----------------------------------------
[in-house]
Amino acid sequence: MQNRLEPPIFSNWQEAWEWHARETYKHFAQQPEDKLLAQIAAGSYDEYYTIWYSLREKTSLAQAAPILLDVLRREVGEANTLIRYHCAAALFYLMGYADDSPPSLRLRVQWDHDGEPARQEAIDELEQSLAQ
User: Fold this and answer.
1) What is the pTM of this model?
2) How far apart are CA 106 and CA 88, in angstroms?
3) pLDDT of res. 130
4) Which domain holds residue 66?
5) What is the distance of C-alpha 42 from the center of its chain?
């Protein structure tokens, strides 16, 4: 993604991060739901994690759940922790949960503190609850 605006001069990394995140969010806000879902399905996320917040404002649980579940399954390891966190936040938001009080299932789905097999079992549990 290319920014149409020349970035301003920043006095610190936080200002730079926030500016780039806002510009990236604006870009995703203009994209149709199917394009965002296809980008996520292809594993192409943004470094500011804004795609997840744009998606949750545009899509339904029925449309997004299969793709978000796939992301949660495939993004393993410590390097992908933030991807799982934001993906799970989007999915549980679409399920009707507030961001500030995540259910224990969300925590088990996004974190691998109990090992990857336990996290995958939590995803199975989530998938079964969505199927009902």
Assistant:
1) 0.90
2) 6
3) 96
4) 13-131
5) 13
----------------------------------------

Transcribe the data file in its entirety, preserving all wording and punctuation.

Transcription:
[in-house]
Amino acid sequence: MQNRLEPPIFSNWQEAWEWHARETYKHFAQQPEDKLLAQIAAGSYDEYYTIWYSLREKTSLAQAAPILLDVLRREVGEANTLIRYHCAAALFYLMGYADDSPPSLRLRVQWDHDGEPARQEAIDELEQSLAQ
User: Fold this and answer.
1) What is the pTM of this model?
2) How far apart are CA 106 and CA 88, in angstroms?
3) pLDDT of res. 130
4) Which domain holds residue 66?
5) What is the distance of C-alpha 42 from the center of its chain?
């Protein structure tokens, strides 16, 4: 993604991060739901994690759940922790949960503190609850 605006001069990394995140969010806000879902399905996320917040404002649980579940399954390891966190936040938001009080299932789905097999079992549990 290319920014149409020349970035301003920043006095610190936080200002730079926030500016780039806002510009990236604006870009995703203009994209149709199917394009965002296809980008996520292809594993192409943004470094500011804004795609997840744009998606949750545009899509339904029925449309997004299969793709978000796939992301949660495939993004393993410590390097992908933030991807799982934001993906799970989007999915549980679409399920009707507030961001500030995540259910224990969300925590088990996004974190691998109990090992990857336990996290995958939590995803199975989530998938079964969505199927009902």
Assistant:
1) 0.90
2) 6
3) 96
4) 13-131
5) 13